Celebrate "Get Into Your Sanctuary" Day

 
California sea lions

California sea lions

“As a travel destination, few places on the planet can compete with the diversity of the National Marine Sanctuary System, which protects America's most iconic natural and cultural marine resources. The majority of national marine sanctuaries' waters are open to compatible recreational activities which also allows for considerable benefits to local economies.

On August 12, 2017, NOAA's Office of National Marine Sanctuaries is hosting its third National ‘Get into Your Sanctuary’ celebration. This system-wide event will raise awareness about the value of our sanctuaries as iconic destinations for responsible recreation through a series of special activities.

This week, join us on social media in highlighting the types of recreational activities that can be enjoyed by visitors, along with tips for practicing good Ocean Etiquette. We are also holding a photo contest to provide audiences an opportunity to share their sanctuary experiences. This is a great occasion to showcase our partner organizations that bring people to safely and sustainably watch wildlife and help visitors dive, surf, fish, snorkel, paddle, swim, photograph, and enjoy the sea breezes of our nation's most special Great Lakes and ocean places!”

 - NOAA National Marine Sanctuaries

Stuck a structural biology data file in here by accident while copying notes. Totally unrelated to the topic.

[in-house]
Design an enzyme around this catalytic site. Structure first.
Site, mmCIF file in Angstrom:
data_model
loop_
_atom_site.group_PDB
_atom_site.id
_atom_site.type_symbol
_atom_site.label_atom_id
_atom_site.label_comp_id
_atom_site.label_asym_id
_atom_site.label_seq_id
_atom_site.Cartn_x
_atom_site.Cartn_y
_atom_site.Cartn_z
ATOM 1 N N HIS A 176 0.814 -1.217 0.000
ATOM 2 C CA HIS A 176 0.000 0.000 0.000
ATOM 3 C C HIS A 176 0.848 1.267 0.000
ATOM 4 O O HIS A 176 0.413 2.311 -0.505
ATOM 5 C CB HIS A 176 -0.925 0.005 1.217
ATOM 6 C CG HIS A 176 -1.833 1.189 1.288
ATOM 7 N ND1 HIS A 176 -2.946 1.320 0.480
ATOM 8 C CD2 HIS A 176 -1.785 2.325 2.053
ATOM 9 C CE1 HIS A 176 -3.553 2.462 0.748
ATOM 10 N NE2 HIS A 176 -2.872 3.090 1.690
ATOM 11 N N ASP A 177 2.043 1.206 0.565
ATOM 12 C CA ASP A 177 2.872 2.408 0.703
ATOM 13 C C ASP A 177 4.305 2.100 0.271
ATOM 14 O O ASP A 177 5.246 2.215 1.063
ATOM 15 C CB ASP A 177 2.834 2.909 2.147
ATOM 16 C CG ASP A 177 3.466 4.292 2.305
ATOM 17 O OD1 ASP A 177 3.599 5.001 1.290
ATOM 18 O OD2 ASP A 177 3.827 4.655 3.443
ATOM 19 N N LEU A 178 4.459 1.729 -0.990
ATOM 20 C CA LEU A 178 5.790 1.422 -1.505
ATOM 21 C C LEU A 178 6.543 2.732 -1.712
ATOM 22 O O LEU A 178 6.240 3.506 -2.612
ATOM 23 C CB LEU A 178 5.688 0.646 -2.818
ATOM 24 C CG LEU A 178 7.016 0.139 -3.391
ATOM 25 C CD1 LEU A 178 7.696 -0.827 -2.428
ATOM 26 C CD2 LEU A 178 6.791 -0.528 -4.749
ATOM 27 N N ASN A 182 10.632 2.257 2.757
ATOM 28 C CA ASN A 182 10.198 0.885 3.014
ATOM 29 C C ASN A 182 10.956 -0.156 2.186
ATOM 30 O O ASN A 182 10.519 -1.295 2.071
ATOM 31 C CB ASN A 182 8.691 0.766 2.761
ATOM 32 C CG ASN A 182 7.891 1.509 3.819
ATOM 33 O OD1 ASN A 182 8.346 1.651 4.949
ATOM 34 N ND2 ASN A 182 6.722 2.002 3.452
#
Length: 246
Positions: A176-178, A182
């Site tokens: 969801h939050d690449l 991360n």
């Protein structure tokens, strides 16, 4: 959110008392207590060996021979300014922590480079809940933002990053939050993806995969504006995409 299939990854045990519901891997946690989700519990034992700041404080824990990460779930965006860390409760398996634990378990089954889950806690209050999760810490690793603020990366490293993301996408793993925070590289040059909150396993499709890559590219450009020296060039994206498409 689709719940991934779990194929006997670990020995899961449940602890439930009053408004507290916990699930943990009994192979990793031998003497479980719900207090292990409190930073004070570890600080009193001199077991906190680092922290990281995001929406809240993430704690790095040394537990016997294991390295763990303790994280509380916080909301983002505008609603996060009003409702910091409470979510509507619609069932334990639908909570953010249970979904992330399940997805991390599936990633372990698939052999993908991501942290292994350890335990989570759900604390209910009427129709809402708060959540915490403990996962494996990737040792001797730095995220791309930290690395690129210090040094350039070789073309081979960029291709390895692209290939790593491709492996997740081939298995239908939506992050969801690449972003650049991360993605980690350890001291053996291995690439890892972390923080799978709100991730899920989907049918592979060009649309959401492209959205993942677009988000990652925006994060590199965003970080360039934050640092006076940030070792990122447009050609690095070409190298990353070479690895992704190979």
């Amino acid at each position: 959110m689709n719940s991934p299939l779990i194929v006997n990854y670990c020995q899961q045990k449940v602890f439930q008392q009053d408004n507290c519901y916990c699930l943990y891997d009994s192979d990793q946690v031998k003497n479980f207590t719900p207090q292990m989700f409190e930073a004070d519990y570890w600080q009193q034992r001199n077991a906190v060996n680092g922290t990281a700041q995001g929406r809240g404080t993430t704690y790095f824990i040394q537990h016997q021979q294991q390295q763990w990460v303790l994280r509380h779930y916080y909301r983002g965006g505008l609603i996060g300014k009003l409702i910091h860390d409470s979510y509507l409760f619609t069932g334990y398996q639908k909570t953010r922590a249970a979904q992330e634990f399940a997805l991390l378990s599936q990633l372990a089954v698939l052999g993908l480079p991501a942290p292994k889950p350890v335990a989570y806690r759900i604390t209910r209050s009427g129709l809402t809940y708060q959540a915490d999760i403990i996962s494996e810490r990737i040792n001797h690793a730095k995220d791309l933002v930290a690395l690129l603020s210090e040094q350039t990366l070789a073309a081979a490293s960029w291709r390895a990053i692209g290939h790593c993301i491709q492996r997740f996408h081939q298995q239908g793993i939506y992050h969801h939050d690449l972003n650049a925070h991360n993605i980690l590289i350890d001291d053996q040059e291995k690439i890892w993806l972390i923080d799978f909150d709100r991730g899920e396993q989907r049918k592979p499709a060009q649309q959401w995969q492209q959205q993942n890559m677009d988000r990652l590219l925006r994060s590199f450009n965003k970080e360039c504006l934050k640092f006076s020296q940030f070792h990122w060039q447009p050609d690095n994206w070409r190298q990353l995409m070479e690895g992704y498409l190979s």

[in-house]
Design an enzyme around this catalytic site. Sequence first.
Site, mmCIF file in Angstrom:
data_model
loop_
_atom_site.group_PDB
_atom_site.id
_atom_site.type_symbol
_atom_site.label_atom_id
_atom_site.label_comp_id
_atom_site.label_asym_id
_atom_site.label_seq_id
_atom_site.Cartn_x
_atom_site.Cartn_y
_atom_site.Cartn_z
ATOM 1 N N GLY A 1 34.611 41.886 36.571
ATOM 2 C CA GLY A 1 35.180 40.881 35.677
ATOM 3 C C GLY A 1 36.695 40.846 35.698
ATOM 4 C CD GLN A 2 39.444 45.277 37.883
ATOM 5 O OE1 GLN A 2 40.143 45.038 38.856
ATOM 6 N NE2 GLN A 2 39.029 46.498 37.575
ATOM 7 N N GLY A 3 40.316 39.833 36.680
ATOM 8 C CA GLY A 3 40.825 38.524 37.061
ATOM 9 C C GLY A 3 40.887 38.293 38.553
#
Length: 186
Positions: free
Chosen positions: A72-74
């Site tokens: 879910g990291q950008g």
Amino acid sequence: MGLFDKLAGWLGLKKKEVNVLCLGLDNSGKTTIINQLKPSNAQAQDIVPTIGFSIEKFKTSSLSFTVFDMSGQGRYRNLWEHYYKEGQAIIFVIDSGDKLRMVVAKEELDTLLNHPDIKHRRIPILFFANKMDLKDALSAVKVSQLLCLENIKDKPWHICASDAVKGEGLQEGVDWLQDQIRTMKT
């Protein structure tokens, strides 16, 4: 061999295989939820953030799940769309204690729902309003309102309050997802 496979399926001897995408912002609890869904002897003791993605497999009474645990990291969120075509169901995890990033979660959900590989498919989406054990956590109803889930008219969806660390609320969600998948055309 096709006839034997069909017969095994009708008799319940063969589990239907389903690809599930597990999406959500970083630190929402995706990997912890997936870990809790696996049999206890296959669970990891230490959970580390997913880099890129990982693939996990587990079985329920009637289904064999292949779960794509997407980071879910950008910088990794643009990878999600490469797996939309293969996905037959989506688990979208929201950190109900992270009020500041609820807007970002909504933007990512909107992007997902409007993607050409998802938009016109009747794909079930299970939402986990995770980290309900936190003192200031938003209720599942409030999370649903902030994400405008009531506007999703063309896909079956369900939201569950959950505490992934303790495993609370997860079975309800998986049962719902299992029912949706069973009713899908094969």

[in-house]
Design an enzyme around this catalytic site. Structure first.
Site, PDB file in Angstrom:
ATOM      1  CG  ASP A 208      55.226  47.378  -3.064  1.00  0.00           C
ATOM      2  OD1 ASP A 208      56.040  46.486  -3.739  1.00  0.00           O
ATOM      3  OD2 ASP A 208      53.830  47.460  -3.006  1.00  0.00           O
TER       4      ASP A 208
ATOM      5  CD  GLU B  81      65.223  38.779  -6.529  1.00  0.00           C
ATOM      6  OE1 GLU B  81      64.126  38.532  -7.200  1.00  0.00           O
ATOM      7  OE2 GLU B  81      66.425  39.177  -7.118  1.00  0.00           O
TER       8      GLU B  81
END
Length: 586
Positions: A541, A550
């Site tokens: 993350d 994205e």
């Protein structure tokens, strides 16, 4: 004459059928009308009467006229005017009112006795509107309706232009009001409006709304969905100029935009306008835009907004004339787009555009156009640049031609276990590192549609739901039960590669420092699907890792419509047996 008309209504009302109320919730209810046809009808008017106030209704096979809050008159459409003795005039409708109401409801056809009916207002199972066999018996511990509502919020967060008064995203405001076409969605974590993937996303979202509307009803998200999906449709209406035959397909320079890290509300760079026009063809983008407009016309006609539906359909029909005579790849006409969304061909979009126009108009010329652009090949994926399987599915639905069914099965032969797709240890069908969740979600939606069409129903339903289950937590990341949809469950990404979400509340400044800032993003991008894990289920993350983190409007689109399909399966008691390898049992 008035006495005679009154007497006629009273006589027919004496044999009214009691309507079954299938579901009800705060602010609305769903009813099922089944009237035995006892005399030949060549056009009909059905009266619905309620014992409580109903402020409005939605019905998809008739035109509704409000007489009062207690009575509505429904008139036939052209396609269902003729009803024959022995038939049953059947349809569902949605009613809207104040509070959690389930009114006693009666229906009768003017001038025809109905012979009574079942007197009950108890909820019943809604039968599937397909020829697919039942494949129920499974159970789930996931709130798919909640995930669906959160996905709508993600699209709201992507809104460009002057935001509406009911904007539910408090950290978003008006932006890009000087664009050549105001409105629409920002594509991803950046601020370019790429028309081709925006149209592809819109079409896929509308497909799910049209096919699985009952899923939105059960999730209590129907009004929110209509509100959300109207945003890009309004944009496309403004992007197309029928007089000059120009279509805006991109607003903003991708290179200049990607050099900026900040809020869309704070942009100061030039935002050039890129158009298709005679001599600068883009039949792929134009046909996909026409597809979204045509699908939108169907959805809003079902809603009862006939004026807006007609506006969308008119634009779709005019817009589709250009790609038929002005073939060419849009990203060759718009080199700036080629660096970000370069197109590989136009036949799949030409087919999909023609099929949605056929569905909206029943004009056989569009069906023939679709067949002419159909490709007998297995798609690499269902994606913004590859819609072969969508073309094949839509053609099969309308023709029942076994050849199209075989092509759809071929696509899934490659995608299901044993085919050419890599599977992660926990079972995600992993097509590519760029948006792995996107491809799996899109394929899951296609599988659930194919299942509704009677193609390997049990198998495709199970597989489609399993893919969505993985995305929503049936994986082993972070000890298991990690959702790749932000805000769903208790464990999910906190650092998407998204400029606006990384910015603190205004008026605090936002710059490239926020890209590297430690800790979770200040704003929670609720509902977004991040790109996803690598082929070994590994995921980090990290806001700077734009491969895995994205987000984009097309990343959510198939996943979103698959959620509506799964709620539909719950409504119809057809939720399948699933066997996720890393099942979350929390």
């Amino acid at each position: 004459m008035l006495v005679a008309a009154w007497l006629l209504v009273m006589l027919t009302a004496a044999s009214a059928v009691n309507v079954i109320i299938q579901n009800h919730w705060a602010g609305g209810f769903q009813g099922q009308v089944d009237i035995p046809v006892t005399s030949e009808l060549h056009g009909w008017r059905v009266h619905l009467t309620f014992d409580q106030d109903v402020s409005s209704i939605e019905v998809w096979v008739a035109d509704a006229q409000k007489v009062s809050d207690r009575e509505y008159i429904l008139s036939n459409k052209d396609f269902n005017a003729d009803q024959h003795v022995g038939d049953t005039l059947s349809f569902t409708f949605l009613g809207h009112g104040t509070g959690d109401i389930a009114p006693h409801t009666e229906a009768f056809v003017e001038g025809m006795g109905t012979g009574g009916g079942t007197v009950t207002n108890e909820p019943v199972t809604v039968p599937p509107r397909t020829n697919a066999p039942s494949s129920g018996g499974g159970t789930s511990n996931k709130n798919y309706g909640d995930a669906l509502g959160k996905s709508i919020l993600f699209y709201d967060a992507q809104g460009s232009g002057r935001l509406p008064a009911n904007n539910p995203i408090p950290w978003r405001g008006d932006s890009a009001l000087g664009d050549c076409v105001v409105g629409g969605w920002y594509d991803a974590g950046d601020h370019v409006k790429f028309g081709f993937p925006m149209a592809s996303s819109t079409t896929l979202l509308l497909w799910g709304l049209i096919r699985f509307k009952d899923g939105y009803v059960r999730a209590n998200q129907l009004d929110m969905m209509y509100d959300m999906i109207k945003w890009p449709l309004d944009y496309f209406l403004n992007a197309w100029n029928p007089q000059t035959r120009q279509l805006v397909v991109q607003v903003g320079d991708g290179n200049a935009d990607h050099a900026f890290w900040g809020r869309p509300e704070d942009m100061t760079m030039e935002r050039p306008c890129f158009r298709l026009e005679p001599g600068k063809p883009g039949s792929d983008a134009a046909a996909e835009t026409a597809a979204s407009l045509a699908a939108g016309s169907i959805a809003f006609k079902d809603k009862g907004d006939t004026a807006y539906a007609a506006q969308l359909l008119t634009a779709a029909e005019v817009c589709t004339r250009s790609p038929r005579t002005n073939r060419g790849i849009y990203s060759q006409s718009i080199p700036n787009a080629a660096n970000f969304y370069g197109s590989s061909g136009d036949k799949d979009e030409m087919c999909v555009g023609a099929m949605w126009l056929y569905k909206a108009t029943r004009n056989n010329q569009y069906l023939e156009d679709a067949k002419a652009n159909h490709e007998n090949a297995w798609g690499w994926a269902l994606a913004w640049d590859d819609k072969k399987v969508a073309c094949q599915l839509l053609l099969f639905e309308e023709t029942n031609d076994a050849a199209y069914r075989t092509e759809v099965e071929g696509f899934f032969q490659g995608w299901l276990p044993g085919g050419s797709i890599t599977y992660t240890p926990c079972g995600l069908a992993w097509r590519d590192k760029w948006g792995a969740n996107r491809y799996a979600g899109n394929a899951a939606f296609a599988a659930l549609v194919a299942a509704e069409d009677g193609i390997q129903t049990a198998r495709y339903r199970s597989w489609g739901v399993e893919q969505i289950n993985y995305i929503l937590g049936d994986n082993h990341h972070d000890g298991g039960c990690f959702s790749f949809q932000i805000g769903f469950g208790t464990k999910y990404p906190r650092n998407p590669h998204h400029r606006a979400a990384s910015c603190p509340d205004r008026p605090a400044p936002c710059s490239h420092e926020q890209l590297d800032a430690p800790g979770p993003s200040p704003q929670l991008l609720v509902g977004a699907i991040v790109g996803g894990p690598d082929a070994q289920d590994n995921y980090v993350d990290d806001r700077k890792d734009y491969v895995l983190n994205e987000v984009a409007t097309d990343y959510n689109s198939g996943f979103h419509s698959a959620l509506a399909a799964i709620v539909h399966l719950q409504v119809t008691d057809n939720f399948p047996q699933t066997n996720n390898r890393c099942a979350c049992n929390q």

Boundaries of Monterey Bay, Gulf of the Farallones, and Cordell Bank national marine sanctuaries, plus the 2008 Davidson Seamount addition to Monterey Bay National Marine Sanctuary. Image credit:  NOAA

Boundaries of Monterey Bay, Gulf of the Farallones, and Cordell Bank national marine sanctuaries, plus the 2008 Davidson Seamount addition to Monterey Bay National Marine Sanctuary. Image credit:  NOAA

The Monterey Bay National Marine Sanctuary is the setting for O’Neill Sea Odyssey’s living classroom on-board the 65-foot Team O’Neill catamaran. Here 4th-6th grade students receive hands-on lessons in marine biology, kelp forest ecology, and navigation to better understand the importance of the relationship between the living sea and the environment. Each program provides students the opportunity to "get into their sanctuary" to experience first-hand the Monterey Bay’s marine life and habitats. (Photos courtesy of Jasper Lyons and Nikki Brooks.)